Tahoe weeklykidnapping of frank sinatra jr. – tahoe weekly

Frank Sinatra Jr. died on March 17, 2016. Obituaries detailed his life as the son of the legendary entertainer and his career as a popular singer in his own right. The media mentioned Sinatra’s kidnapping at Lake Tahoe in 1963, but offered scant details of his abduction. Here’s the full story.

There was a full-blown blizzard raging on Dec. 8, 1963, when a loud knock rattled the door of Room 417 in Harrah’s Lodge at South Lake Tahoe. Inside, Frank Sinatra Jr., an aspiring singer and son of the most famous crooner in the world, and John Foss, a trumpet player in the Tommy Dorsey Orchestra, were eating dinner. The time was 9:30 p. m. and the two young men were relaxing before their scheduled 10 o’clock performance that night with the Dorsey Orchestra in Harrah’s Tahoe Lounge.

“They first bound and gagged (John) Foss, then blindfolded the 19-year-old Sinatra, threw an overcoat over his shoulders and forced him out into the snowdrifts toward a Chevrolet Impala.”

Suddenly, two parka-clad gunmen pretending to be room service waiters barged into their room demanding money. They first bound and gagged Foss, then blindfolded the 19-year-old Sinatra, threw an overcoat over his shoulders and forced him out into the snowdrifts toward a Chevrolet Impala.

Before leaving one of the men ripped the telephone line from the wall and warned Foss: “Keep your trap shut for 10 minutes or we’ll kill your friend. If we don’t make it to Sacramento, your pal is dead.” Less than 15 minutes after the kidnappers drove off, Foss worked free of his bonds and alerted the band’s manager, Tino Barzie, in the motel room next door. They immediately called the police. Officers from the Zephyr Cove substation 5 miles away arrived at the motel within minutes. Since kidnapping is a federal offense, FBI agents from Reno quickly swarmed into the Tahoe Basin.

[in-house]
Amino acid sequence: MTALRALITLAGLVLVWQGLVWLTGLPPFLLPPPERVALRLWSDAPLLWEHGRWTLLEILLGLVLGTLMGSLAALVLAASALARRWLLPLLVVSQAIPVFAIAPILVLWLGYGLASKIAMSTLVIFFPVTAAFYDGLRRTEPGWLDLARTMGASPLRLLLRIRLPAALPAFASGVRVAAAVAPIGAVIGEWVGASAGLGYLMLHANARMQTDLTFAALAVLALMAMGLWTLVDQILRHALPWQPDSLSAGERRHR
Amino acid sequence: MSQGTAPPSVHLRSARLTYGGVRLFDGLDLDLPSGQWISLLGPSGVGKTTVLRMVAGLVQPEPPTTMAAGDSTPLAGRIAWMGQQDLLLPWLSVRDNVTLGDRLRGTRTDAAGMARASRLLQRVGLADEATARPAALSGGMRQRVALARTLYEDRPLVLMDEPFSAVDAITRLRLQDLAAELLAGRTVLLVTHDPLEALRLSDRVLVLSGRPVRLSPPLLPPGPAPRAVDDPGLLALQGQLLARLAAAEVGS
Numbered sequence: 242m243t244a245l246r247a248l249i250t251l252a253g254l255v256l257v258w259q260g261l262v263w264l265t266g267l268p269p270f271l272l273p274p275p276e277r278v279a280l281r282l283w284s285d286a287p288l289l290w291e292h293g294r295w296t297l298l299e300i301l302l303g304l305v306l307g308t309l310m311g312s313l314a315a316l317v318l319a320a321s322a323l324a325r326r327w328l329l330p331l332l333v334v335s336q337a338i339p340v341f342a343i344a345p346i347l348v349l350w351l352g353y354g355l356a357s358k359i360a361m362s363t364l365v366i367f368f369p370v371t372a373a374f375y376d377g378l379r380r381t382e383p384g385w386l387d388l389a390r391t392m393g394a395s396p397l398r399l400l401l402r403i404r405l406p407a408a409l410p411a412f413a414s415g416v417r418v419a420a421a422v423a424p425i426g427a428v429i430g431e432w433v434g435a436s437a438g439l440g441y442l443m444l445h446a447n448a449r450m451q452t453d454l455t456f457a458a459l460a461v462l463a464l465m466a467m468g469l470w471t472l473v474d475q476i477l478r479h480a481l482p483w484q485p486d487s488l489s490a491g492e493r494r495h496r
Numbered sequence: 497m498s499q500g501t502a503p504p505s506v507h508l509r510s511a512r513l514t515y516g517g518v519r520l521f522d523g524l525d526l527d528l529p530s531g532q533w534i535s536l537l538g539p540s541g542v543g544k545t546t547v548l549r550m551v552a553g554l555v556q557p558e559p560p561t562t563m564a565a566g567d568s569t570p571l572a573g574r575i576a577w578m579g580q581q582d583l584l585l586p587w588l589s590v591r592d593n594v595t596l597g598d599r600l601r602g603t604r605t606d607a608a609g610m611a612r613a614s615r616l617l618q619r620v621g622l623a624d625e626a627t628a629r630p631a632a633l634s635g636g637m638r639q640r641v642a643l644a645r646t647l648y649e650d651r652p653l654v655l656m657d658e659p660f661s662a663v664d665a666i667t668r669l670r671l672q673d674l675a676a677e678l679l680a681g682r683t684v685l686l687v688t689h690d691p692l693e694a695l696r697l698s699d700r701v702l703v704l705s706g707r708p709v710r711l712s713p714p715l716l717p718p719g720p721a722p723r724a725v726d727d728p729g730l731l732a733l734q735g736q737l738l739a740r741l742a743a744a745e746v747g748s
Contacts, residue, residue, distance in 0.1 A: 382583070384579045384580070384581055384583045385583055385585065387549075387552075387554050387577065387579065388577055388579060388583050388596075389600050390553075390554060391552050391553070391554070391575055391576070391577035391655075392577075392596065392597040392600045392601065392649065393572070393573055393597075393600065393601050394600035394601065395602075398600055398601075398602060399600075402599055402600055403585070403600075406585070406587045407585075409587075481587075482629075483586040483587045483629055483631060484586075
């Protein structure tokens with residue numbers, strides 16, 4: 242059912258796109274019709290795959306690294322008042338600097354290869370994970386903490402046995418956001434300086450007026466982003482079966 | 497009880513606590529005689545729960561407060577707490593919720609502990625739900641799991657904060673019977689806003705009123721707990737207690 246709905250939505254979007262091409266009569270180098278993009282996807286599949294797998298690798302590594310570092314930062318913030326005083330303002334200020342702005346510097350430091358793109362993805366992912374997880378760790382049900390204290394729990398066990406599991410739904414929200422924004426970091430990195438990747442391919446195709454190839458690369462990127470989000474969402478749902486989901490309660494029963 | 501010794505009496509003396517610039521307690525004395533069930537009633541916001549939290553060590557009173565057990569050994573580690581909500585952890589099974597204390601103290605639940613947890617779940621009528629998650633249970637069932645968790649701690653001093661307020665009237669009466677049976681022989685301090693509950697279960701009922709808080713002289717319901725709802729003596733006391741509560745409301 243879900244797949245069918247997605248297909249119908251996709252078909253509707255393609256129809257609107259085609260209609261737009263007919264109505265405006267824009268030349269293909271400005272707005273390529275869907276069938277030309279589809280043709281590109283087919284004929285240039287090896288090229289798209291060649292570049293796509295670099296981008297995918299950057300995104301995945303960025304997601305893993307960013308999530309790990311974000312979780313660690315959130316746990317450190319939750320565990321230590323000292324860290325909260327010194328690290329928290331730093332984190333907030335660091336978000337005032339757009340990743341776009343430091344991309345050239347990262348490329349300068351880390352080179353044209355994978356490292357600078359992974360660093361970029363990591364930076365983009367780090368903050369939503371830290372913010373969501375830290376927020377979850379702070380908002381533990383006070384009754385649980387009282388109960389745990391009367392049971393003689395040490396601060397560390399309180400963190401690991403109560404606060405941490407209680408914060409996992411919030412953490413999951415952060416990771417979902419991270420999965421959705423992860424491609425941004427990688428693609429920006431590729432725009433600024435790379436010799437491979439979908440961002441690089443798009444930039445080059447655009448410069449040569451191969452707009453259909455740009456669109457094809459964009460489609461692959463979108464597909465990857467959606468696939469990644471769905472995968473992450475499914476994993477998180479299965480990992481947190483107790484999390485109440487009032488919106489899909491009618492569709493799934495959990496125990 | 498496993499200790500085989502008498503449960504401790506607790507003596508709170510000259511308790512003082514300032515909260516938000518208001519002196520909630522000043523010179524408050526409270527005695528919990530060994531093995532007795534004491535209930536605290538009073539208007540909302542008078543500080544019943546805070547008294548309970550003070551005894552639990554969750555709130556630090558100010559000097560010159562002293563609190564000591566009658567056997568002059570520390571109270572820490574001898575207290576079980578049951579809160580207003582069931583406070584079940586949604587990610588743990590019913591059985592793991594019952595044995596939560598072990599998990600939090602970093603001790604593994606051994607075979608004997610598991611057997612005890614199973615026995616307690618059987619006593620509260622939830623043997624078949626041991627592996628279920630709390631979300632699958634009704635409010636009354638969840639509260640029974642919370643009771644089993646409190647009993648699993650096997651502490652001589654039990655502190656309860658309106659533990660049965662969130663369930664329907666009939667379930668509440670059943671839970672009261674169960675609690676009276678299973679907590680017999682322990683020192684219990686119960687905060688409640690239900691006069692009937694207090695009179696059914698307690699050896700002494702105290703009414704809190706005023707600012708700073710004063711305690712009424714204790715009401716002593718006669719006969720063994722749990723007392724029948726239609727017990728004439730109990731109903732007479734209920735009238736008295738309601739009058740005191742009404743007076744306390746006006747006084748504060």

Frank Sinatra Sr. was at home in Palm Springs when he received word of his son’s abduction. The snowstorm had shut down the South Lake Tahoe airport so he flew to Reno where he was met by William Raggio, the district attorney of Washoe County. After a failed attempt to drive over icy, storm-swept Spooner Summit (other roads were closed), Sinatra and Raggio returned to Reno where they set up headquarters in a three-room suite at the Mapes Hotel.

As the hours dragged on with no word from the kidnappers, Raggio told reporters, “The longer it goes, the worse it looks.” Sinatra’s press agent, Jim Mahoney, said Sinatra’s nerves were a wreck: “He has just been sitting and staring at the phone. When it rings, he jumps. I had to practically force him to eat.”

Offers of help, including airplanes, helicopters and mounted horsemen came in from all over the world. Sympathetic telephone calls were received from Attorney General Robert Kennedy in Washington, whose own brother, JFK, had just been assassinated less than one month before. Kennedy promised federal help in an all-out rescue effort. Other heartfelt messages of support arrived from political figures and entertainment celebrities. One loyal fan offered $50 to help with the search.